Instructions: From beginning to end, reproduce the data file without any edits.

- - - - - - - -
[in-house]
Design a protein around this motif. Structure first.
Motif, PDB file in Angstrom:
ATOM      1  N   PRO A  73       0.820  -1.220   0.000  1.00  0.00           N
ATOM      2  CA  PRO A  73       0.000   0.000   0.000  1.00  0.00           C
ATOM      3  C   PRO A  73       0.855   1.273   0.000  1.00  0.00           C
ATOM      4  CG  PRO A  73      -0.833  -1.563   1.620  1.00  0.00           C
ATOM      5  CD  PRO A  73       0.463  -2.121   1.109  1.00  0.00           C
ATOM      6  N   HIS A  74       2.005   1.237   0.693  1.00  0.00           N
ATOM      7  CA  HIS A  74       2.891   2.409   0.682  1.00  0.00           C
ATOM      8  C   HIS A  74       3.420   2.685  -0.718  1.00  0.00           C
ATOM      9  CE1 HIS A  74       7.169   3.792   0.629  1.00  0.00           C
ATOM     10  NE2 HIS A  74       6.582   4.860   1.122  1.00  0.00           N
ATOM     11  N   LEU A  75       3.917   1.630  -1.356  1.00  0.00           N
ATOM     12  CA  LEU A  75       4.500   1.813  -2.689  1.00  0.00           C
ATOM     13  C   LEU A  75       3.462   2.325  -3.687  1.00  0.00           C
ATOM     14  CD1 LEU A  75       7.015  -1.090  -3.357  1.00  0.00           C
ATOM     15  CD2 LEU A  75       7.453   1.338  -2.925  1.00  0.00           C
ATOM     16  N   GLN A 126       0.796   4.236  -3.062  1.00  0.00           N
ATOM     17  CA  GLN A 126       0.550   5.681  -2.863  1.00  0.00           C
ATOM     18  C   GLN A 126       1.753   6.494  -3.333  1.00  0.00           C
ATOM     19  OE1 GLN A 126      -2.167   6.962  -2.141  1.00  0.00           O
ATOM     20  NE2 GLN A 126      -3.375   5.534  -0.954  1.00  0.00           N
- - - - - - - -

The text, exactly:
[in-house]
Design a protein around this motif. Structure first.
Motif, PDB file in Angstrom:
ATOM      1  N   PRO A  73       0.820  -1.220   0.000  1.00  0.00           N
ATOM      2  CA  PRO A  73       0.000   0.000   0.000  1.00  0.00           C
ATOM      3  C   PRO A  73       0.855   1.273   0.000  1.00  0.00           C
ATOM      4  CG  PRO A  73      -0.833  -1.563   1.620  1.00  0.00           C
ATOM      5  CD  PRO A  73       0.463  -2.121   1.109  1.00  0.00           C
ATOM      6  N   HIS A  74       2.005   1.237   0.693  1.00  0.00           N
ATOM      7  CA  HIS A  74       2.891   2.409   0.682  1.00  0.00           C
ATOM      8  C   HIS A  74       3.420   2.685  -0.718  1.00  0.00           C
ATOM      9  CE1 HIS A  74       7.169   3.792   0.629  1.00  0.00           C
ATOM     10  NE2 HIS A  74       6.582   4.860   1.122  1.00  0.00           N
ATOM     11  N   LEU A  75       3.917   1.630  -1.356  1.00  0.00           N
ATOM     12  CA  LEU A  75       4.500   1.813  -2.689  1.00  0.00           C
ATOM     13  C   LEU A  75       3.462   2.325  -3.687  1.00  0.00           C
ATOM     14  CD1 LEU A  75       7.015  -1.090  -3.357  1.00  0.00           C
ATOM     15  CD2 LEU A  75       7.453   1.338  -2.925  1.00  0.00           C
ATOM     16  N   GLN A 126       0.796   4.236  -3.062  1.00  0.00           N
ATOM     17  CA  GLN A 126       0.550   5.681  -2.863  1.00  0.00           C
ATOM     18  C   GLN A 126       1.753   6.494  -3.333  1.00  0.00           C
ATOM     19  OE1 GLN A 126      -2.167   6.962  -2.141  1.00  0.00           O
ATOM     20  NE2 GLN A 126      -3.375   5.534  -0.954  1.00  0.00           N